In his Who's Who bio, John Prine describes himself as "President, Oh Boy Records"? A self-publisher!

The 28-page version of "The Cognitive Style of PowerPoint" has another line of poetry; the opening page epigraph under the title is "Not waving but drowning" by Stevie Smith from her poem by the same name. Stevie Smith and John Prine in fact have a fair amount in common (straightforward style, humor within the pain, a personal experience accompanied by summary lessons) in their work. Smith's Poem "Drugs Made Pauline Vague" sounds like a John Prine song. She also wrote a good poem about Copernicus which I can't find right now.

-- Edward Tufte


And just to keep this somewhat on the subject of visual design, here's a cartoon you might find amusing.

Cartoon

-- Christine (email)


In the early 1980s, I went to a folk festival in western Illinois with my sister, who was singing in an autoharp band at the time. In the campground that night, the people in the campsite next to us sat up all night singing nothing but John Prine songs. And I don't think they repeated any of them. How could one person write so many songs, and so many GOOD songs, at that?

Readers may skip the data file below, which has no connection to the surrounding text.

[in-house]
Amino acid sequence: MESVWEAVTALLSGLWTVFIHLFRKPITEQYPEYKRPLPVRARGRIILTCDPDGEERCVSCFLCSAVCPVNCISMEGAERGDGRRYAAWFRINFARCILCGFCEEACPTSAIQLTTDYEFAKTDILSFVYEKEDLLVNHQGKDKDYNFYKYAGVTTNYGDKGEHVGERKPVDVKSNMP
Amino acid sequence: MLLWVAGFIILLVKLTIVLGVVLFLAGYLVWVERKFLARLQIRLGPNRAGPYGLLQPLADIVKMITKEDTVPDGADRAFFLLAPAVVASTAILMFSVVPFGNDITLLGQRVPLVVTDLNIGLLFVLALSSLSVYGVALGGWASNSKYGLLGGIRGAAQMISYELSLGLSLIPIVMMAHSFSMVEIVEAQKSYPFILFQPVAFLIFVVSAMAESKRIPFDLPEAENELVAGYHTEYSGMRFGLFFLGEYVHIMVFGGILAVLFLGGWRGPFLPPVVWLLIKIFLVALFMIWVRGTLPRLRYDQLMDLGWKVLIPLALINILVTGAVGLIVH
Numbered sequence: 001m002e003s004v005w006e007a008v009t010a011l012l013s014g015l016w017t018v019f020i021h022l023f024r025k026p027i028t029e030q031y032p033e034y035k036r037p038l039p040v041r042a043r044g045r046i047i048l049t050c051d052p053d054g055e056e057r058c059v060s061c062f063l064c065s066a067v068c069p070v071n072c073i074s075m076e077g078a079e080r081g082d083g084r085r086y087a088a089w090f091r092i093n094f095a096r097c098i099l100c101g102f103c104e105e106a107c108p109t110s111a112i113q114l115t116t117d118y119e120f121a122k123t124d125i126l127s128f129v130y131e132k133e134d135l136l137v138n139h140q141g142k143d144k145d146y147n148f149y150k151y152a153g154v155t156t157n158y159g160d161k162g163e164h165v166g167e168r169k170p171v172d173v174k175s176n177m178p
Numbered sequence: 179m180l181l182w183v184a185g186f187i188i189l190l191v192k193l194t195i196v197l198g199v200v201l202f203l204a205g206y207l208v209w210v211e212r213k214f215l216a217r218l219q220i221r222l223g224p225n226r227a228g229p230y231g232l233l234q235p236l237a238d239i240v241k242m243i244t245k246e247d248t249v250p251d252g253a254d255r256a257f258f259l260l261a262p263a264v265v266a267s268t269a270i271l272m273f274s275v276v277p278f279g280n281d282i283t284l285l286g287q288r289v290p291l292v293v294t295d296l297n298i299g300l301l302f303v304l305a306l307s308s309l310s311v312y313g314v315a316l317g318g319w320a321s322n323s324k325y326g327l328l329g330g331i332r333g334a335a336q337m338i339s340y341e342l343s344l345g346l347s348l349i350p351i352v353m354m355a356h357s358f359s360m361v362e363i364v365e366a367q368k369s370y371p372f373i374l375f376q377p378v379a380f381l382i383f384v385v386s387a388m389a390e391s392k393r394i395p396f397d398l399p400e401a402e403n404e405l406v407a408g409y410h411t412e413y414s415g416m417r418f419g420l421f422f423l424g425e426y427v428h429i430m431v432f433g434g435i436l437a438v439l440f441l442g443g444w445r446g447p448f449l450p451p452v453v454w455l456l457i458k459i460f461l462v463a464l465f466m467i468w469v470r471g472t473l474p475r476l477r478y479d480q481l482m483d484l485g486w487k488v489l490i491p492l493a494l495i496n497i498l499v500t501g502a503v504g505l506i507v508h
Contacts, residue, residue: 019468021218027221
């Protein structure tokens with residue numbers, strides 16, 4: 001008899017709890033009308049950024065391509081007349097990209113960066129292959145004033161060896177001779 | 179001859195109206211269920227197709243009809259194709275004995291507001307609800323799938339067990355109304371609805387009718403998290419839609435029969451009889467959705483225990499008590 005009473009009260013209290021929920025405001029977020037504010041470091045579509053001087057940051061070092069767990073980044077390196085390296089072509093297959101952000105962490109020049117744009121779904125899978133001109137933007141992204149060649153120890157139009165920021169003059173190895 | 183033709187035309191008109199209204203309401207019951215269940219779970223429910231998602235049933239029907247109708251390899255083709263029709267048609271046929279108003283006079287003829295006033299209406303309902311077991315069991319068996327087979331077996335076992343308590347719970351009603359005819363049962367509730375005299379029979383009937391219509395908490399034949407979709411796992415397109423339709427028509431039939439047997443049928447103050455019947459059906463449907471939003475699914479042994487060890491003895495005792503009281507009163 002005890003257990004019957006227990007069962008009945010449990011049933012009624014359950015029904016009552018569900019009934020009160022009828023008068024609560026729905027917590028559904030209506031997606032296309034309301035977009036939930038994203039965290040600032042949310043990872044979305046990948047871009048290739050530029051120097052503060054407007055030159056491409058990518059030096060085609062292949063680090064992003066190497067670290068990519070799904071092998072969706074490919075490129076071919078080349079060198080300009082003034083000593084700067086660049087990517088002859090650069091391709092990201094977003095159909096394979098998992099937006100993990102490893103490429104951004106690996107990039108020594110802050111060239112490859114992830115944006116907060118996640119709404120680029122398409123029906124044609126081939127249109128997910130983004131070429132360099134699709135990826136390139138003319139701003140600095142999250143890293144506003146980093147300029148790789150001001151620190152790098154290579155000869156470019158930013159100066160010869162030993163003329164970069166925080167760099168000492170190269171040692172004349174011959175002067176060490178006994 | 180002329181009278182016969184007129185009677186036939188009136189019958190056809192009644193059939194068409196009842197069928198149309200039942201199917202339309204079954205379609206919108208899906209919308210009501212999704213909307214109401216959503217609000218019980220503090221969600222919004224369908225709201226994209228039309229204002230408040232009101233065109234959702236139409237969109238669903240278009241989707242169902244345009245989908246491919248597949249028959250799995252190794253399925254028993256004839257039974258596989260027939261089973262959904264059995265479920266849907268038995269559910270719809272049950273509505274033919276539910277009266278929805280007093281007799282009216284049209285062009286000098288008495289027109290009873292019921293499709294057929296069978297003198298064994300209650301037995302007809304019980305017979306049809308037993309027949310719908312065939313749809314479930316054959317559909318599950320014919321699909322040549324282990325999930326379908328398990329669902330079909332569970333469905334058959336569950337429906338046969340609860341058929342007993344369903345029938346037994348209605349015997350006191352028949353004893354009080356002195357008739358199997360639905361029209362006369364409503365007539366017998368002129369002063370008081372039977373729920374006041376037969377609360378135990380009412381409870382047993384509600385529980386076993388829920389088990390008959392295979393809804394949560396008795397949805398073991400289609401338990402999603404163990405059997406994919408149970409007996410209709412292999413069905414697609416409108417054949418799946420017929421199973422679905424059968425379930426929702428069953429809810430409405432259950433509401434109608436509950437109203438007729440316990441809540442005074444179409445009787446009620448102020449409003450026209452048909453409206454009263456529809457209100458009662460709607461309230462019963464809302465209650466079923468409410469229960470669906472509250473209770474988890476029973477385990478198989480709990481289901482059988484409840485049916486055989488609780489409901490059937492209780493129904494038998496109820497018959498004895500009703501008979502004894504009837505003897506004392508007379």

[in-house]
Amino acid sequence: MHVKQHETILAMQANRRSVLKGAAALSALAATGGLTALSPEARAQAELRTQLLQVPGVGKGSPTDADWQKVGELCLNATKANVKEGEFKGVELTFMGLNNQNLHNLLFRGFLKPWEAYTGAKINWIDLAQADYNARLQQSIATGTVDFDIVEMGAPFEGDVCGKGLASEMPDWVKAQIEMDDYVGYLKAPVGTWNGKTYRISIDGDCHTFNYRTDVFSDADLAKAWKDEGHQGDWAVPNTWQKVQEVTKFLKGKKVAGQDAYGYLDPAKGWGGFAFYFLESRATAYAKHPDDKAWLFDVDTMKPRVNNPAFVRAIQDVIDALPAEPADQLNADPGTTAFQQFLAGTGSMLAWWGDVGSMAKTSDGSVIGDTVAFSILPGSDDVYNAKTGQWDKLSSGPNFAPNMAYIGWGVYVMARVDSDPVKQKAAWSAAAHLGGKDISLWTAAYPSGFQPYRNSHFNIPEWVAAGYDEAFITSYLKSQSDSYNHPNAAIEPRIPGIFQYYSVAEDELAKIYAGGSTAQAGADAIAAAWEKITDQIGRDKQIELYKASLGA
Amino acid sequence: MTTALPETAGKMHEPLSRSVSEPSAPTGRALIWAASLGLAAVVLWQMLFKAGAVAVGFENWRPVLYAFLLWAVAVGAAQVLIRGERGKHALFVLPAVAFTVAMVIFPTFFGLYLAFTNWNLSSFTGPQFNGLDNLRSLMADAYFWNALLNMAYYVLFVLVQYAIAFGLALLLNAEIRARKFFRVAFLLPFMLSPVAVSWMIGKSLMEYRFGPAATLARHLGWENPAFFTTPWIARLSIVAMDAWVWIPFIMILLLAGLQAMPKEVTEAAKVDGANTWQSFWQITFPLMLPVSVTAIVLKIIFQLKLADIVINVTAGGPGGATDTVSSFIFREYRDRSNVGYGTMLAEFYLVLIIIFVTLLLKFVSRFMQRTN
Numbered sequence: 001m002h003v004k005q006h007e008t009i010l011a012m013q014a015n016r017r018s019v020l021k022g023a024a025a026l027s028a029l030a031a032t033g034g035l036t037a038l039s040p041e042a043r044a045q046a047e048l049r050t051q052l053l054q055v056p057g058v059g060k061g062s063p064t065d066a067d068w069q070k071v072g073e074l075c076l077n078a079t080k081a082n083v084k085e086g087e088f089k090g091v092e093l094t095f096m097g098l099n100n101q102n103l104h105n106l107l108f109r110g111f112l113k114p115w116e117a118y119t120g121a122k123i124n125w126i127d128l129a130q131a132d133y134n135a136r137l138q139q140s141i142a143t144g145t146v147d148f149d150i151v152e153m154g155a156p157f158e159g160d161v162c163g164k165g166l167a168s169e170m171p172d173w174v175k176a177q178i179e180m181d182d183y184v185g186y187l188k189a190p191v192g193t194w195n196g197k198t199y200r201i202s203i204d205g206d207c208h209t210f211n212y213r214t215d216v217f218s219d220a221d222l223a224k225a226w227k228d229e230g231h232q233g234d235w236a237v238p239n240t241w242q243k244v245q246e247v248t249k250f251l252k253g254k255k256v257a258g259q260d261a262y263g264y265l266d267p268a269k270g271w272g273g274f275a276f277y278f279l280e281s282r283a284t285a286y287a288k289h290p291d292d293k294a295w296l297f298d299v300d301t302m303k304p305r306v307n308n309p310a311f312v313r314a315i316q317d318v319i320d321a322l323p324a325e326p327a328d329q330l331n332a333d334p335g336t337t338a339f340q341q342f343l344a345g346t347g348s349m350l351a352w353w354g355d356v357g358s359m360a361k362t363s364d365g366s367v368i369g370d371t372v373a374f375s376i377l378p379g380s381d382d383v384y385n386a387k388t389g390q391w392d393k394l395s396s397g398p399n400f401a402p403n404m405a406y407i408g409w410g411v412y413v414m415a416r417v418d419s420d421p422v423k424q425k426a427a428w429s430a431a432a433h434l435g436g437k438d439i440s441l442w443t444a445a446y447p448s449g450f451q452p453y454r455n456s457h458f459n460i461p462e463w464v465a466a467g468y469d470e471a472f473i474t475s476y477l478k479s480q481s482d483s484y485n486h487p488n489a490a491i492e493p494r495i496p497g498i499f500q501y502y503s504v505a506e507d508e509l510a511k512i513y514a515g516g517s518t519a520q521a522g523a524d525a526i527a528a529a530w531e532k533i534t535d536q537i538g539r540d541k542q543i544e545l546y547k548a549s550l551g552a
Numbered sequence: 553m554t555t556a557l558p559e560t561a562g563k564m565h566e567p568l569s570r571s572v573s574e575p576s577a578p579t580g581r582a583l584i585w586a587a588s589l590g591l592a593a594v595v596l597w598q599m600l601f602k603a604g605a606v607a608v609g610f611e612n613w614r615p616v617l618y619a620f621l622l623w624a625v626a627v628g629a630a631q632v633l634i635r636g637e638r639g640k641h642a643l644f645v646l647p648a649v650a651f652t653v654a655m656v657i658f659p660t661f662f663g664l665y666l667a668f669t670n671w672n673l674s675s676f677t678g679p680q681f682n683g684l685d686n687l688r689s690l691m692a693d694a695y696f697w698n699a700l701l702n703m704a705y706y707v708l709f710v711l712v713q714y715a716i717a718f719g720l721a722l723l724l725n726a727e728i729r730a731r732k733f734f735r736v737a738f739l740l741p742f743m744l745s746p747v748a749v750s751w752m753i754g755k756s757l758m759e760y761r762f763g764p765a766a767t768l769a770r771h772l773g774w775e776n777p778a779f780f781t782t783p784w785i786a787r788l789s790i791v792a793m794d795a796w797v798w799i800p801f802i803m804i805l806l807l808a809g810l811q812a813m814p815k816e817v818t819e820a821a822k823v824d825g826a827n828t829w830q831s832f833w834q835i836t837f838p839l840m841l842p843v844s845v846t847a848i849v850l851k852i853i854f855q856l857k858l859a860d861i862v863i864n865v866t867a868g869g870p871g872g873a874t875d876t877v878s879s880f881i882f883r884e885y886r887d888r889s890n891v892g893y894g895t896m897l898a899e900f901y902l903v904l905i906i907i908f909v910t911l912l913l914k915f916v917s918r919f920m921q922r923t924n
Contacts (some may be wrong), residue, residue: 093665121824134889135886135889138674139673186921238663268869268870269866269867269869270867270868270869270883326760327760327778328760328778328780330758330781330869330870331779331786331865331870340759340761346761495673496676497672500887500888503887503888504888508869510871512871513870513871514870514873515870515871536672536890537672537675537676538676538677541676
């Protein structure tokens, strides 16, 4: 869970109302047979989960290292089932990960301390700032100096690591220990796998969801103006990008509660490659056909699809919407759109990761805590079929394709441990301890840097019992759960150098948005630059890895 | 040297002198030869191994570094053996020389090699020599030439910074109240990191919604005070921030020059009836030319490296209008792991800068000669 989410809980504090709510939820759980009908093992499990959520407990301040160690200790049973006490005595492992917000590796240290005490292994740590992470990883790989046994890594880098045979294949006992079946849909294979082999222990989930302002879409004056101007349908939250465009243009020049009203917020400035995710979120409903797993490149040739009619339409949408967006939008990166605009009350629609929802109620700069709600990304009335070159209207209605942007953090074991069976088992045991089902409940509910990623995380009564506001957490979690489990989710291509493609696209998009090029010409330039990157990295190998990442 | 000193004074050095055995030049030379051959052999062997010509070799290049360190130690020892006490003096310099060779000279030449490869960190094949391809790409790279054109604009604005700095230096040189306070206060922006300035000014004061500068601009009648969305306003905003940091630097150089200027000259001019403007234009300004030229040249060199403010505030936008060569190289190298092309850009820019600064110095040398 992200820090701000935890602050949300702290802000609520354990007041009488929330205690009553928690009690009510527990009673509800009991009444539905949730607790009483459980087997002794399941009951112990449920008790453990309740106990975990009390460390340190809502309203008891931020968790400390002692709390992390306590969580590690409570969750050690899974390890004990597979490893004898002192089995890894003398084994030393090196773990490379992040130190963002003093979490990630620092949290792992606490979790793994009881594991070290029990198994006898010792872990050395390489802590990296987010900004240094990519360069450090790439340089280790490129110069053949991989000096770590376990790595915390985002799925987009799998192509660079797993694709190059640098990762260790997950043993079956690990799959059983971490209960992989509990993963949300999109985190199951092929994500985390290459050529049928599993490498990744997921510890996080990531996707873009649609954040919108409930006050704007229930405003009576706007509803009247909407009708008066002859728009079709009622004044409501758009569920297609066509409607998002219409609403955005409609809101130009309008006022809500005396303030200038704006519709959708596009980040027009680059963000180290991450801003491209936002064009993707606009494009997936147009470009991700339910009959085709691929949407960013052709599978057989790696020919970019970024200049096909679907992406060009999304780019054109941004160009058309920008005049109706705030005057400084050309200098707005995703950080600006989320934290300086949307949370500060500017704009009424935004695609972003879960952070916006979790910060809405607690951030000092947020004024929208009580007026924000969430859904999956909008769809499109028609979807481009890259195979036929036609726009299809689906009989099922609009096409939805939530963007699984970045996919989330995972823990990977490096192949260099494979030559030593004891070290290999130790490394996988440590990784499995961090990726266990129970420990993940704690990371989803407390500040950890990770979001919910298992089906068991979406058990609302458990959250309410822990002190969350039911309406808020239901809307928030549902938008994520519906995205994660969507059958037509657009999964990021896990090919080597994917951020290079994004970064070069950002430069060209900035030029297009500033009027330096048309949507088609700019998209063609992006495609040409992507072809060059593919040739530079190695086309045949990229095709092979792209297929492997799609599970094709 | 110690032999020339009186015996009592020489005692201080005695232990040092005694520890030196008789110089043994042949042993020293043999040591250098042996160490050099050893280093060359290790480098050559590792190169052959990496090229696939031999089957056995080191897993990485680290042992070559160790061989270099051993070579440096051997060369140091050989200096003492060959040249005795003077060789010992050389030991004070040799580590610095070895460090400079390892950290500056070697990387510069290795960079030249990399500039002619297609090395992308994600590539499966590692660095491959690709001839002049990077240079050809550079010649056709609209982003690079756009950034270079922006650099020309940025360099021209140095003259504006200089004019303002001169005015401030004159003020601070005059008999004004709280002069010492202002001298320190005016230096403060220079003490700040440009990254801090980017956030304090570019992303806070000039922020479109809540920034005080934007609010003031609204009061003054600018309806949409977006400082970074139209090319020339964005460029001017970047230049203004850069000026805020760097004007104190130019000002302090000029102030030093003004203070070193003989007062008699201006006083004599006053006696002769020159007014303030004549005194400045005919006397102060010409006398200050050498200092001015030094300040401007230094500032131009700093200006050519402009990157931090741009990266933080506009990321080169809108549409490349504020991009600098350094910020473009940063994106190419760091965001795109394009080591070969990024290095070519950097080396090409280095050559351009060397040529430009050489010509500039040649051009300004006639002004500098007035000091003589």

-- Brad Hurley (email)


John Prine's first record in 1971 contained these songs, so many classics:

Illegal Smile, Spanish Pipedream, Hello In There, Sam Stone, Paradise, Pretty Good, Your Flag Decal Won't Get You Into Heaven Anymore, Far From Me, Angel From Montgomery, Quiet Man, Donald And Lydia, Six O'Clock News, Flashback Blues

See http://www.ohboy.com/

Also http://www.jpshrine.org/

-- Edward Tufte


Here is Stevie Smith's Copernicus poem:

THOUGHT IS SUPERIOR

Thought is superior to dress and circumstance,

It is thought proud thought that sets the world in a dance.

And what is the greatest thought since the world begun?

Copernicus's discovery that the earth goes round the sun.

. .

See what I mean about Stevie Smith and John Prine?

-- Edward Tufte